What Is Paternity?
Paternity is the legal process of establishing the father of a child. By
establishing paternity, fathers have all the same parental rights and
obligations as the mother, including the right to request custody and
parenting time. Even if parents are living together or planning their
wedding, it is important to establish paternity. In the event that their
relationship deteriorates, the parties will have established certain rights
and responsibilities for the child. In addition, legal paternity establishes
rights to Social Security, inheritance, veteran benefits, and life and
health insurance benefits.
A man is presumed to be a child’s biological father if:
- The child was born during a marriage between the man and the child’s
biological mother, or no later than 300 days after the marriage’s
termination by death, annulment, or dissolution
- The man and the child’s biological mother attempted to marry but
the marriage was void or voidable, and the child was born during the attempted
marriage or no later than 300 days after its termination by death, annulment,
- The man undergoes a genetic test that indicates with at least a 99% probability
that the man is the child’s biological father.
Paternity is legally established through a paternity affidavit or by filing
in court to establish paternity. Once paternity is established or acknowledged,
a father is considered to be the birth parent. With paternity comes rights
and responsibilities, including being subject to a
child support order.
The Paternity Affidavit
Both the mother and father must sign a paternity affidavit. The paternity
affidavit can be executed within 72 hours of the child’s birth or
at the local health department in the jurisdiction where the child was
born any time before the child has reached the age of emancipation. It
is important to note that if a man has signed a paternity affidavit and
then wants genetic testing, he must request it within 60 days of the date
he signed the paternity affidavit.
If there is any doubt about paternity, a man should not sign the paternity
affidavit and should complete a DNA test instead. After 60 days, the court
will not set aside a paternity affidavit and the man is financially responsible
for the child.
Either party may utilize the paternity affidavit and have the court conduct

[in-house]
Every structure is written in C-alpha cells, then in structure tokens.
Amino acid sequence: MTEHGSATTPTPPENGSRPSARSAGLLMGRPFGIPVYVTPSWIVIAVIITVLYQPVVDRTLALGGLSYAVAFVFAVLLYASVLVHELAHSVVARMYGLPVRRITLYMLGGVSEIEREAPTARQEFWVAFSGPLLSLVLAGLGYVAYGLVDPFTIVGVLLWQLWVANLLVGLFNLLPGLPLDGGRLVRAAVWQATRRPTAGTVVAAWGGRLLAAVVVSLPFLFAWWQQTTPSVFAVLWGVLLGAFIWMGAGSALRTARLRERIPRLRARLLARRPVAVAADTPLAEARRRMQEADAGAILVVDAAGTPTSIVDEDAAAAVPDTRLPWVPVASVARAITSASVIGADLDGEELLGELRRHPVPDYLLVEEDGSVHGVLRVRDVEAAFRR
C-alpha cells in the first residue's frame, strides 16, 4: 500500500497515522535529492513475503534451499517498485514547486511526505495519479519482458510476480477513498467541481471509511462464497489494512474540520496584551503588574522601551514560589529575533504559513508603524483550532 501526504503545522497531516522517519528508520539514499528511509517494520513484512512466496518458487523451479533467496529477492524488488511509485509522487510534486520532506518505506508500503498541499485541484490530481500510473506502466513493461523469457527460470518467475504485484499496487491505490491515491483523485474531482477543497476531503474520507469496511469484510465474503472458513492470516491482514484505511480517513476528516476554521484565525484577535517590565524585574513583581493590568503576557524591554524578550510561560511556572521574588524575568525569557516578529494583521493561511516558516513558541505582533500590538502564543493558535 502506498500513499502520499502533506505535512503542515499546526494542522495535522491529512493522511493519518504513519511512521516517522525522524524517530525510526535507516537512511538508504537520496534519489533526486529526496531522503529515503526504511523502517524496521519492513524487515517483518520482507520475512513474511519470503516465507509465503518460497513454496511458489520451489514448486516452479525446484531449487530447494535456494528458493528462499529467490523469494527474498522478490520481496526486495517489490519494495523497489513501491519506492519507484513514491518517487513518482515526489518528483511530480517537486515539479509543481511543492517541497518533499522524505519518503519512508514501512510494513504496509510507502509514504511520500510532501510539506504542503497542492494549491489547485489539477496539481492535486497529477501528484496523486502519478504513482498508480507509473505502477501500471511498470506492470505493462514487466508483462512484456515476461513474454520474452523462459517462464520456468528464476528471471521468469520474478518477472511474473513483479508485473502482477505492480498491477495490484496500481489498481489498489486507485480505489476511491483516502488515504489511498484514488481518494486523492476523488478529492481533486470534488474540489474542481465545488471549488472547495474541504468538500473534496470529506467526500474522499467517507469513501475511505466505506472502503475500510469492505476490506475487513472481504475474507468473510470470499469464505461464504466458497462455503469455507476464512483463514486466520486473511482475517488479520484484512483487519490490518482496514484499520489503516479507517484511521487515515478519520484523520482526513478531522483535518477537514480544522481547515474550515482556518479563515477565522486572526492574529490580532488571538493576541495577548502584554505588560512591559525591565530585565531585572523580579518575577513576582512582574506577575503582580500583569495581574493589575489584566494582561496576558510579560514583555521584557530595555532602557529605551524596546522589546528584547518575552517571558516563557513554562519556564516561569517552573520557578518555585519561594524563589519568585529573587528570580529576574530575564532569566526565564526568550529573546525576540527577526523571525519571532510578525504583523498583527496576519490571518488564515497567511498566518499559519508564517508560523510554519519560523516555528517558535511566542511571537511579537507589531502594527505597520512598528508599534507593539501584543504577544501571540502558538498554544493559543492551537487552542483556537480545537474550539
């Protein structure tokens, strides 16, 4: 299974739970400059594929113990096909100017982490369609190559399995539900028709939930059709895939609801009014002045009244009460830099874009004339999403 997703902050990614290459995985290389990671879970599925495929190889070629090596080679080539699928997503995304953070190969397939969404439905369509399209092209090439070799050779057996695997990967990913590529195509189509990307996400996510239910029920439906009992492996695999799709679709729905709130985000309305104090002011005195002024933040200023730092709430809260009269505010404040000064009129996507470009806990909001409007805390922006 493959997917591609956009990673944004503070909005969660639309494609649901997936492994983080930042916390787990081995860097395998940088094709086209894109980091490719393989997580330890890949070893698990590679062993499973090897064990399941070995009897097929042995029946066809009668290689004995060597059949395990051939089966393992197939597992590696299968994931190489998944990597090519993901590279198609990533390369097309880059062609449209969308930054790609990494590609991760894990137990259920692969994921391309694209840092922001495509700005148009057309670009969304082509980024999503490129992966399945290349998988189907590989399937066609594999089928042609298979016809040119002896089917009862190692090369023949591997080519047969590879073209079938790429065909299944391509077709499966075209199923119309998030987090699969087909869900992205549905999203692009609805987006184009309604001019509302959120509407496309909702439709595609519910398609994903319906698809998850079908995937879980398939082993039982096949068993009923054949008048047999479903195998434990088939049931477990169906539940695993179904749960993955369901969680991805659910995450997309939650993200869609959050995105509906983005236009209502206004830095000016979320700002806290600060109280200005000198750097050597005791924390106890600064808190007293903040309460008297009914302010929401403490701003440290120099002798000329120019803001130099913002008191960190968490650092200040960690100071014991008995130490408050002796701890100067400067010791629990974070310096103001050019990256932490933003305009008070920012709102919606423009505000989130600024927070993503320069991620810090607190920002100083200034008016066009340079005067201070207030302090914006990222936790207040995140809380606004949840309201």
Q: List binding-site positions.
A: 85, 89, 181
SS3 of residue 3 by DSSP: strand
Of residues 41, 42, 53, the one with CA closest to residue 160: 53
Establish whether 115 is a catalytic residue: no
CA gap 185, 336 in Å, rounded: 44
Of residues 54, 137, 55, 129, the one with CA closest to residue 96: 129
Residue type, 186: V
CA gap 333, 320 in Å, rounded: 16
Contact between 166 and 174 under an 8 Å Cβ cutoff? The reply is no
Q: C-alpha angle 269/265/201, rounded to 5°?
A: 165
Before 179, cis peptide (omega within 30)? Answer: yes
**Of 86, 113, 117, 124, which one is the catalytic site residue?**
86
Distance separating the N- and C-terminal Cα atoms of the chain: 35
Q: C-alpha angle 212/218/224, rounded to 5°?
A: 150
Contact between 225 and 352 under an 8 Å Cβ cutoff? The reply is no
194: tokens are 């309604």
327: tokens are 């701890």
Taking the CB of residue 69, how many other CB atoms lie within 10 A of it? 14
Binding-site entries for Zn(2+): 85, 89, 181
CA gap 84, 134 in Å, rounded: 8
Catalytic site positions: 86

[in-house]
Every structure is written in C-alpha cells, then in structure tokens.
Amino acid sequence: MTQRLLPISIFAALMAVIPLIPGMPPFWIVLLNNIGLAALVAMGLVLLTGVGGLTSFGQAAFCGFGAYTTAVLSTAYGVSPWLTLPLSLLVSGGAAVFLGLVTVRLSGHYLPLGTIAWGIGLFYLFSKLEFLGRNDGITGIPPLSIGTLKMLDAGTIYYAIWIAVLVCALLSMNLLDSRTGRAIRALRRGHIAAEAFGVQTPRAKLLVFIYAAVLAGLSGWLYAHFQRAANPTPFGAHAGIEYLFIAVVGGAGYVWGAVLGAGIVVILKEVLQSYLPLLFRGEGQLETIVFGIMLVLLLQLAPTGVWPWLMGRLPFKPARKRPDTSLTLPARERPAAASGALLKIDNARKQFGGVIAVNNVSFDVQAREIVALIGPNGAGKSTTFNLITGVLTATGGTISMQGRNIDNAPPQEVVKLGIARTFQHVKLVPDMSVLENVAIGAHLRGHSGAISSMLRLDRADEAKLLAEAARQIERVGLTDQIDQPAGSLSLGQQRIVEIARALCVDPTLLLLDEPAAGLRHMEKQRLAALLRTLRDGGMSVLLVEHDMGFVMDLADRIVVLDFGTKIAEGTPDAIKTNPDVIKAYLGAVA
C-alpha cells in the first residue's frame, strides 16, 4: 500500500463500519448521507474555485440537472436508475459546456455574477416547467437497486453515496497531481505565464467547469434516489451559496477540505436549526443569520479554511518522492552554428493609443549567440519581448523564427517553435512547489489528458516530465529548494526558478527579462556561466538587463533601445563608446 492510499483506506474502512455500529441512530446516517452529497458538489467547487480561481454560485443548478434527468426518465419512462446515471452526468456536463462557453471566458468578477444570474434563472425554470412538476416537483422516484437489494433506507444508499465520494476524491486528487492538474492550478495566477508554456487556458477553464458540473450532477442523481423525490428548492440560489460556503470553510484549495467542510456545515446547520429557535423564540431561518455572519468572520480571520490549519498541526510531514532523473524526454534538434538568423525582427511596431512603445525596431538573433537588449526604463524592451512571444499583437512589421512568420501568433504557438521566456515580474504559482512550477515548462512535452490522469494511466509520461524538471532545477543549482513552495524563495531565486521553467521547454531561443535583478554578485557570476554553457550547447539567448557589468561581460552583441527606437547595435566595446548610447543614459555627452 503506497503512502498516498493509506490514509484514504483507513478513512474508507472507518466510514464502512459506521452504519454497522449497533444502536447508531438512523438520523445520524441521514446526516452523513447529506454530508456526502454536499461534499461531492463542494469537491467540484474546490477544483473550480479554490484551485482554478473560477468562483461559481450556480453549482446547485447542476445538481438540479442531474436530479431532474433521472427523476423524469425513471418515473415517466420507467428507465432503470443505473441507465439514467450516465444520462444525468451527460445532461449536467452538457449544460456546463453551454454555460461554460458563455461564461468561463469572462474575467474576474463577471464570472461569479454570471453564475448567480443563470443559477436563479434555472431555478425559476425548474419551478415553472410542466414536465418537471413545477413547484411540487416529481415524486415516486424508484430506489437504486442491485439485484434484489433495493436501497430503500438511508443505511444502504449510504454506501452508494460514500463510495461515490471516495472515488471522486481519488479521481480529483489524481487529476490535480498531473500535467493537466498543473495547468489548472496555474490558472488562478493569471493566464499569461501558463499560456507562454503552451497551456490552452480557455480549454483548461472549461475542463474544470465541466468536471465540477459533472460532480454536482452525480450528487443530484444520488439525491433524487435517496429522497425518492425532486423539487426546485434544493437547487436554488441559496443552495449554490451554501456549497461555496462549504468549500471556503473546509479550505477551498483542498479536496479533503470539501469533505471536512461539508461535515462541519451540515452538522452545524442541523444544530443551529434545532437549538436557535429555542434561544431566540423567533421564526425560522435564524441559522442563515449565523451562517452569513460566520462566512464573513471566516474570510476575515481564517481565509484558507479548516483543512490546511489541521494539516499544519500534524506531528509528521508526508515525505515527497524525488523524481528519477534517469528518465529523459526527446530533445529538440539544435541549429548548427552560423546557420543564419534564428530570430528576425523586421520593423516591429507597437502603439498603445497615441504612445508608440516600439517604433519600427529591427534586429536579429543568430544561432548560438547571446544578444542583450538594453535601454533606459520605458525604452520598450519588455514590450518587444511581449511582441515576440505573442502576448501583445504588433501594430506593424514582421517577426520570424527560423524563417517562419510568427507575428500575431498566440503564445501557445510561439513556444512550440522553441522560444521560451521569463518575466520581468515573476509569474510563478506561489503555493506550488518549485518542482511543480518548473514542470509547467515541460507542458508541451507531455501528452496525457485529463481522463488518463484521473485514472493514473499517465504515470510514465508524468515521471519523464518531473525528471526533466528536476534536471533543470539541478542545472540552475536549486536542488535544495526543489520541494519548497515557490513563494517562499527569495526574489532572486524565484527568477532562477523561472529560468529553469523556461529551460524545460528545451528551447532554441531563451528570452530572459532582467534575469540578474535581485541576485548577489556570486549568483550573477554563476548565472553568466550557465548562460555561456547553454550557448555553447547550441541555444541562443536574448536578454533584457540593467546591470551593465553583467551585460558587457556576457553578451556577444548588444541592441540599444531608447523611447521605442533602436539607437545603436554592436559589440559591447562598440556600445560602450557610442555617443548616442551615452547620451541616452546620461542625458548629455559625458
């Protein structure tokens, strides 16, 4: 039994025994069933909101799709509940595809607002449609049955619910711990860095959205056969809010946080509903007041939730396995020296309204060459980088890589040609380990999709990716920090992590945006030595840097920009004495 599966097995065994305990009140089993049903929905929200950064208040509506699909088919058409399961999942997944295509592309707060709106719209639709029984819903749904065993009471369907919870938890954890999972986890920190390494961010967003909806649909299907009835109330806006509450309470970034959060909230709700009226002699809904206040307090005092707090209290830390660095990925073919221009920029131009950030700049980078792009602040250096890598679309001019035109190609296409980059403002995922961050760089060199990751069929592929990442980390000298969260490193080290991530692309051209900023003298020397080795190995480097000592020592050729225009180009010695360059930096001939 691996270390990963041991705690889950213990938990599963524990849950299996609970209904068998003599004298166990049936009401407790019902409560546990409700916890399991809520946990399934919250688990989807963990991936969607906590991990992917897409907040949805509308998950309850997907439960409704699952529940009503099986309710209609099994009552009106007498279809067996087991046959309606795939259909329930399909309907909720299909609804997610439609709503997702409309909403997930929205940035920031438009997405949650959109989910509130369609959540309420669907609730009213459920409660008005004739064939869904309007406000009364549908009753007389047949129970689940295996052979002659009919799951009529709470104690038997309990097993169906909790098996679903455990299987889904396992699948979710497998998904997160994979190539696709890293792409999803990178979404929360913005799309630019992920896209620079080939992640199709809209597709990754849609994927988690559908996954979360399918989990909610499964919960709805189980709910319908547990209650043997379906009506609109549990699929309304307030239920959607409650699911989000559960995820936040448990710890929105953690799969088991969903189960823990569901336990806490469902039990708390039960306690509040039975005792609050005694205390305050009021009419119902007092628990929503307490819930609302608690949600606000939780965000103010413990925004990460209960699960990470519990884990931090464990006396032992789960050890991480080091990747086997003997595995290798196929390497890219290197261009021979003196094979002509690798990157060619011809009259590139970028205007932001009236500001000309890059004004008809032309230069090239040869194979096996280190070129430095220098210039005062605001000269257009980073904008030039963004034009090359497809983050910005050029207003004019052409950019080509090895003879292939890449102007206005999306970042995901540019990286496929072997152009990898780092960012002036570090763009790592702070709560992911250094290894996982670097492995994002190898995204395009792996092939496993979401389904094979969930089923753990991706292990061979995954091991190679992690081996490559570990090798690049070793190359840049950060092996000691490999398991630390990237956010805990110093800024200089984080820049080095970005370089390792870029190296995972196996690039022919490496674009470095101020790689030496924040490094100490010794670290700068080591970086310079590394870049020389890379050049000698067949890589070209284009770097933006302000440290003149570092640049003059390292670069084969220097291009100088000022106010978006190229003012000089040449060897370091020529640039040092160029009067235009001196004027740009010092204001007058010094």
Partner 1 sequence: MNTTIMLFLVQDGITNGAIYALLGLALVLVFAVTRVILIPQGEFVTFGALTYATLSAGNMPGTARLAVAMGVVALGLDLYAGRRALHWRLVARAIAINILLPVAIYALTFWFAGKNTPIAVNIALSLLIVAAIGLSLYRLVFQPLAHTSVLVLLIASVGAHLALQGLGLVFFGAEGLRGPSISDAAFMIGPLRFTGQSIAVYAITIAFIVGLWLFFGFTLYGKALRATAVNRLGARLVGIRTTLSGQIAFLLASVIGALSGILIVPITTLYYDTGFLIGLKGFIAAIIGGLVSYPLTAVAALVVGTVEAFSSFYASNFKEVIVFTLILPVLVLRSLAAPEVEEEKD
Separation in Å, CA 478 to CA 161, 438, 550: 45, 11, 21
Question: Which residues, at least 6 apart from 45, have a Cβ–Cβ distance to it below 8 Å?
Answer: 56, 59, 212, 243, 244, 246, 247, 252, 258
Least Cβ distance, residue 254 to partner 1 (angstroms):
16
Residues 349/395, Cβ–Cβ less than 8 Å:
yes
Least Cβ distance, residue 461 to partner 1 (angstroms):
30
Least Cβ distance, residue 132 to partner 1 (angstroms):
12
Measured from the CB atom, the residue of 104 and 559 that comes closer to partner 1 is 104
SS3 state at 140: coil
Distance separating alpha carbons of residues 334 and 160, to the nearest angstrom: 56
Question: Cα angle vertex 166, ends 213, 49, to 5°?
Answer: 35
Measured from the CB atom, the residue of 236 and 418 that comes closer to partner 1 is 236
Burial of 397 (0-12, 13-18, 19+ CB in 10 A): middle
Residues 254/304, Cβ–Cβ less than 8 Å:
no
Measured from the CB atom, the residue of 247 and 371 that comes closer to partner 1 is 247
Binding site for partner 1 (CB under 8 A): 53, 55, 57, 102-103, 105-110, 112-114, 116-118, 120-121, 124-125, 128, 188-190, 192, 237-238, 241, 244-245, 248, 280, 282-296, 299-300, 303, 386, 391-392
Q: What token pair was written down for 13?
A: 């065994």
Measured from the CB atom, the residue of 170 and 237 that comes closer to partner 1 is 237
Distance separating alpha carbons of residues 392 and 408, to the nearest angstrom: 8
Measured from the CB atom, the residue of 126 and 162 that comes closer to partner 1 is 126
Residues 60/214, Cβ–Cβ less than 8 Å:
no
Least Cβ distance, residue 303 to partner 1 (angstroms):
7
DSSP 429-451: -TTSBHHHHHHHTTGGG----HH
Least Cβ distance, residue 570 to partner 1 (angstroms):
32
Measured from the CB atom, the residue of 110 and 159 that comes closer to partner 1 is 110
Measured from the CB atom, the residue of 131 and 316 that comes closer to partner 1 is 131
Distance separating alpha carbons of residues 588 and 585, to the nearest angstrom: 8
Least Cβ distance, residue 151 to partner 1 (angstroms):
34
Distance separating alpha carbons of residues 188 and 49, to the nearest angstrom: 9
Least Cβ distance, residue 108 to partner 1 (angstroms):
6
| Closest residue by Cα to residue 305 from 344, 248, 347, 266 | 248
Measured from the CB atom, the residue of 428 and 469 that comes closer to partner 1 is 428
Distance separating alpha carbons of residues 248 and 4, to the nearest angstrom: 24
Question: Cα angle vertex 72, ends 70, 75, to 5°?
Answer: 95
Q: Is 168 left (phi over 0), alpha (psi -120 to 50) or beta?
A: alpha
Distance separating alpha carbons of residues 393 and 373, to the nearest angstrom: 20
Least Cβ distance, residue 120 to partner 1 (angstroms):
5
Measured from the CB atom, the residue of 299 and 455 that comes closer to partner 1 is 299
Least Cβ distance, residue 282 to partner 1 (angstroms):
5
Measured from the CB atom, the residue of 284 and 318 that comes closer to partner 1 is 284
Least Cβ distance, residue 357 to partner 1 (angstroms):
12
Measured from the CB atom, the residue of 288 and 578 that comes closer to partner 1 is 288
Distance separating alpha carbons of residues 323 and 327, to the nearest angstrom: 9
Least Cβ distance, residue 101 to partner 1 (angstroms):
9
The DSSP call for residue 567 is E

a hearing to address the issues including confirming paternity and establishing
custody, parenting time, and child support.
If there is not a signed paternity affidavit, the mother, the alleged father,
or a prosecuting attorney may file a paternity action. At an initial hearing,
the mother and alleged father may agree to paternity or request a genetic
test. The genetic test must be performed by a qualified expert and approved
by the court. The court will not accept an at-home DNA test to establish
paternity. In the event the genetic test confirms paternity with 99% certainty,
the court will then address issues discussed above.
If you believe you have been falsely named as a child’s biological
father, or if you are being accused of a false accusation, Hains Law,
LLC can help.
Paternity fraud is when a mother intentionally names a man as the father
of her child even though she knows he is not the biological father. There
are certain remedies to paternity fraud, but timing is everything. Ultimately,
the specific facts of each case will determine the parties’ available remedies.
If a man has signed a paternity affidavit, he is entitled to file a paternity
case in court and ask for genetic testing within 60 days of signing. If
the genetic test shows that the man is not the father, the court shall
set aside the paternity affidavit. Outside of 60 days, the man’s
paternity may not be disestablished, unless fraud, duress, or a material
mistake of fact is shown to have existed at the time the paternity affidavit
It is important to note that just because a man’s genetic test results
reveal he is not the biological father, the court may be unable to disestablish
paternity. Thus, the man who is not the biological father may still be
responsible for child support. Indiana courts have long held that a man’s
challenge to paternity when he has previously acknowledged himself to
be the father should only be allowed in extreme and rare circumstances.
Our Carmel paternity lawyer can explain your rights and options.
Regardless of whether the parents are unmarried or in the process of a
divorce, if a parent has doubts about the child’s biological father, it
is important to request a genetic test as soon as possible.
Do You Need a Lawyer for a Paternity Test?
It is best to retain a paternity lawyer when you are pursuing a paternity
action. Whether you are a mother trying to get child support or you are
a father trying to get custody or visitation rights, a lawyer can help
protect your interests and your child’s interests.
How Long Does a Paternity Suit Take?
The length of a paternity suit depends on a variety of factors. Paternity
needs to be established and once it is, custody, visitation, and financial
issues need to be resolved. In general, paternity litigation can take
up to a year, but if issues can be settled through mediation, then it
could be as fast as three months.
Request a Free Phone Consultation Today
With a decade of experience practicing family law, Attorney Joshua R. Hains
has the focus and dedication to see each case through to a successful
conclusion. A resource both during the process and in the future, Attorney
Hains keeps his clients informed. When you place your paternity case in
Attorney Hains’ hands, you can set your mind at ease with the knowledge
that the lines of communication are always open.
To understand your legal options,
contact Hains Law, LLC today at